A lengthy and costly on and off again process, Palmer Square’s transformation wasn’t completed until the 1980s when stores and townhouses were added on the north and east sides of the square.

Some of stops today include the Bent Spoon ice cream shop, Olsson’s Cheese, and the Nassau Inn where in the appropriately named Yankee Doodle Tap Room you will see another artifact of the era: Norman Rockwell’s mural of Yankee Doodle himself, painted in 1937.

The Colonial Revival movement originally started with the 1876 Philadelphia Centennial. There visitors seemed to renew their faith in the still new nation by embracing an architecture that many saw as outdated and obsolete.

Accordingly, the decades up to around 1940 witnessed Americans reclaiming their Americanism by imitating an era that used symmetry and balanced proportions – ironically in a general style named Georgian, for the series of British kings named George.

As the National Park Service says in explaining the movement, “The goal of Colonial Revival was to evoke sentimentalism regarding the early history of the United States.”

Unfortunately, the case of Palmer Square, this evoking of a romantic American past included the harsh practice of building on the former homes of relocated Princetonians of African ancestry.

A scene from East Jersey Olde Town in

About 20 miles north on Route 27 and a quick trip on River Road heading into Piscataway is a Colonial village and its town square. And while there are some actual period buildings to be seen at this stop, East Jersey Olde Town is neither old nor a real town.

Owned and operated by Middlesex County, the town’s history is connected to that county’s office of arts and history and one of its members, the late Joseph Kler.

A physician and history enthusiast, Kler spearheaded the efforts in the late 1970s to establish a village comprised of a “collection of original, replica and reconstructed 18th and 19th century structures. While most of the buildings have been relocated to the site, others were constructed here. They represent the vernacular architecture typical of farm and merchant communities, once found in central New Jersey. The village functions as an educational model, dedicated to teaching the history, traditions, folk arts and craftsmanship of the people who lived and worked throughout the region,” according to county press information.

Today the village offers free educational workshops, seminars and lectures, in-service training for teachers, exhibitions, concerts, storytelling session, community gatherings, and other projects. Costumed history interpreters are on hand to share information on the buildings and various daily practices.

While one location romanticizes the late 18th century and the other mixes and matches buildings to evoke the era when the state was known as East and West Jersey, both locations celebrate the classical or balanced design that dominated the East Coast colonies. It’s one that favors simple, clean, and elegant lines with little or no decoration and frequently employs an arrangement of large glass windows to create a sense of lightness and clarity. After all, this was the Era of Enlightenment.

Belgium and France? Oui (in Hamilton)

The Japanese bridge French impressionist artist Claude Monet’s home was recreated as part of an 19th century French-styled village at Grounds For Sculpture in Hamilton.

If English Gothic and Colonial American are not your cups of tea and you would rather escape to a French styled café to philosophize about architecture over a glass of wine, then take a trip to the Gallic-inspired buildings at Grounds For Sculpture in Hamilton Township. That’s where visitors will find a small European village housing Rat’s Restaurant, Toad Hall Shop and Gallery Artisan Boutique, and offices and artist studios.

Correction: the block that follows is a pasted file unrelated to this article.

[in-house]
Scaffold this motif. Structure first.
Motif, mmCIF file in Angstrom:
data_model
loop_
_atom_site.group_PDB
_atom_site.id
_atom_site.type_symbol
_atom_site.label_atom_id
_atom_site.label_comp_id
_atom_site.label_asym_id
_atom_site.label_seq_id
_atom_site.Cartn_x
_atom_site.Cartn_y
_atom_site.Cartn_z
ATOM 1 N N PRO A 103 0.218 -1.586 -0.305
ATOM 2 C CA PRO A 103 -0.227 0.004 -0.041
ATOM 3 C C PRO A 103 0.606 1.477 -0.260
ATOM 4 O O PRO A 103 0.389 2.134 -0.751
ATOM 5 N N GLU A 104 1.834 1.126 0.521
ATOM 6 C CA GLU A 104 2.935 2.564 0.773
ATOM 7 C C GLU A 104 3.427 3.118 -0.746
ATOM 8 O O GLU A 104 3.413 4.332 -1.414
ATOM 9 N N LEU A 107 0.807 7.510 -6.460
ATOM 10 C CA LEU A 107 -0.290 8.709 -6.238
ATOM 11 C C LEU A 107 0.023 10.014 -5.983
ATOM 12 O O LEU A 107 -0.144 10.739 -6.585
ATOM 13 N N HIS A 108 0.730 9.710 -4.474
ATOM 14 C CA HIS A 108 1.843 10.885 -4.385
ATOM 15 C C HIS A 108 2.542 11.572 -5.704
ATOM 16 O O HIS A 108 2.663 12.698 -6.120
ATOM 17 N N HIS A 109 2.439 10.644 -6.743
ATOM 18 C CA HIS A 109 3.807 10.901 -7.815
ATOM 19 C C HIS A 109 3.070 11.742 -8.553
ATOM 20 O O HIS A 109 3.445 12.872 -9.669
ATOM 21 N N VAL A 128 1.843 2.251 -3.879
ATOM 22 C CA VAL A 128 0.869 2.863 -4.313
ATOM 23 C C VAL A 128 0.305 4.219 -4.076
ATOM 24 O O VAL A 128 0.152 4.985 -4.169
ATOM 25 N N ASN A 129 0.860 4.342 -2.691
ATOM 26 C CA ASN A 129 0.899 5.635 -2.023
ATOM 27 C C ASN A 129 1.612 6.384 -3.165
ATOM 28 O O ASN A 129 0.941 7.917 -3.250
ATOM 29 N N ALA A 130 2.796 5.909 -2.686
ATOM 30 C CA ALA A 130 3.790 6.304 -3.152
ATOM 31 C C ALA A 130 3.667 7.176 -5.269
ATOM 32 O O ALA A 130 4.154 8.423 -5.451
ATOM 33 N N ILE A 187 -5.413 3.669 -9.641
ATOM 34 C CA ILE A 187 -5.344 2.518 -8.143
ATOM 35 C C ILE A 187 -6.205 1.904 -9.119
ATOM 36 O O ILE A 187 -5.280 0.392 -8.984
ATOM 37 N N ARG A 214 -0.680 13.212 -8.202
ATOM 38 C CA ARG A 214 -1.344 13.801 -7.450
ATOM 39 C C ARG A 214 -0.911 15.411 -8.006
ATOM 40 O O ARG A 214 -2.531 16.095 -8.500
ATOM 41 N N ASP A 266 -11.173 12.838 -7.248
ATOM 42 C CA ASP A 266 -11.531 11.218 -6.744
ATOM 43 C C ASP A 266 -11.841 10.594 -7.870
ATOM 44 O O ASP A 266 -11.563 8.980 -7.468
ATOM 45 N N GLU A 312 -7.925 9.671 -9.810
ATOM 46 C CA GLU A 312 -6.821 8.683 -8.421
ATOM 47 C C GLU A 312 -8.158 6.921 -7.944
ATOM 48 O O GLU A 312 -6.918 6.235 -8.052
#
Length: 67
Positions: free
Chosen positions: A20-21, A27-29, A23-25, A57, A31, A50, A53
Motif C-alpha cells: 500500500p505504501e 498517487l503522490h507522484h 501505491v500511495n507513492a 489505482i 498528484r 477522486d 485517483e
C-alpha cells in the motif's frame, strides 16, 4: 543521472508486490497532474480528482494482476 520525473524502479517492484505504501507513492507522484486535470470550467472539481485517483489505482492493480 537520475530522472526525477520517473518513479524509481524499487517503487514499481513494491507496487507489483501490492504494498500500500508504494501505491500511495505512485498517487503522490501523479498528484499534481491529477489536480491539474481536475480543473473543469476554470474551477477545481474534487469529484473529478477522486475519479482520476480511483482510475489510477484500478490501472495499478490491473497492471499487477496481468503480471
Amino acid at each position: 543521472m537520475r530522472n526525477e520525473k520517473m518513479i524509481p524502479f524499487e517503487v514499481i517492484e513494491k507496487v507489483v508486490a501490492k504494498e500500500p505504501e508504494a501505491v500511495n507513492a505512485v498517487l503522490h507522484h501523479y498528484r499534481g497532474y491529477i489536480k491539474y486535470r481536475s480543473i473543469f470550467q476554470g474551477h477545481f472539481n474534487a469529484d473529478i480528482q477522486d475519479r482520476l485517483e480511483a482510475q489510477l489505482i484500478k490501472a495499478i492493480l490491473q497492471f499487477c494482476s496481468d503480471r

While a 19th century Belgium Village was the original concept that inspired GFS founder and artist Seward Johnson, there are several reasons that these buildings visually speak with a noticeable French accent.

First it sets a tone. As Johnson told a New York Times reporter just as the restaurant was opening in early 2000, “I lived in Paris for a year, and I saw that French people mix their culture with their food. They have places to eat, places to sit and ponder — they have bathrooms! If you bring in a good restaurant, you bring in people with cultivation, and that is good for us.”

They also provide a visual reference for Johnson to celebrate his love of impressionist artwork and the French locales that inspired them. That includes the town of Giverny, where famed French Impressionist painter Claude Monet lived, created, and painted lily pad ponds and elegantly curved Japanese bridge.

According to the 1994 final instruction to architects regarding the village, that connection became more and more important to the “idea” of the village: “Mr. Johnson visualizes the development as having the look and feel of Monet’s house and gardens at Giverny,” and quotes the artist and Johnson & Johnson heir as adding, “It is to have the feeling of a country house turned into an inn, and look like it has been there forever.”

The Hamilton French building and landscape also provide the proper backdrop that gives life to Johnson’s sculptural-interpretations of French Impressionists paintings. That includes Gustave Caillebotte’s “Paris Street; Rainy Day, 1877” and Vincent van Gogh’s “Tarascon Stage Coach,” both greeting visitors as they approach the restaurant and the gift shop. Pierre-Auguste Renoir’s “The Luncheon of the Boating Party,” Edouard Manet’s “Argenteuil,” and Claude Monet’s ‘Woman with a Parasol” are waiting nearby on the other side of the buildings. Other period interpretations seamlessly emanate from this visual anchor to the rest of the park.

The water gardens at Grounds For Sculpture in Hamilton.

GFS project manager Bruce Daniels says the buildings were specifically designed to house a restaurant; the Atlantic Foundation, the organization that provided funding for the grounds; and apartment-work studios for artists, including one for Johnson.

“One thing I don’t want it to look is institutional. I think that I would hate to see a modern building because I think it would look institutional,” says Johnson in the instructions. “(The buildings) should not be the same as the sculpture park buildings. They should have a different and individual character, but still work with the Grounds For Sculpture structures,” continue the instructions.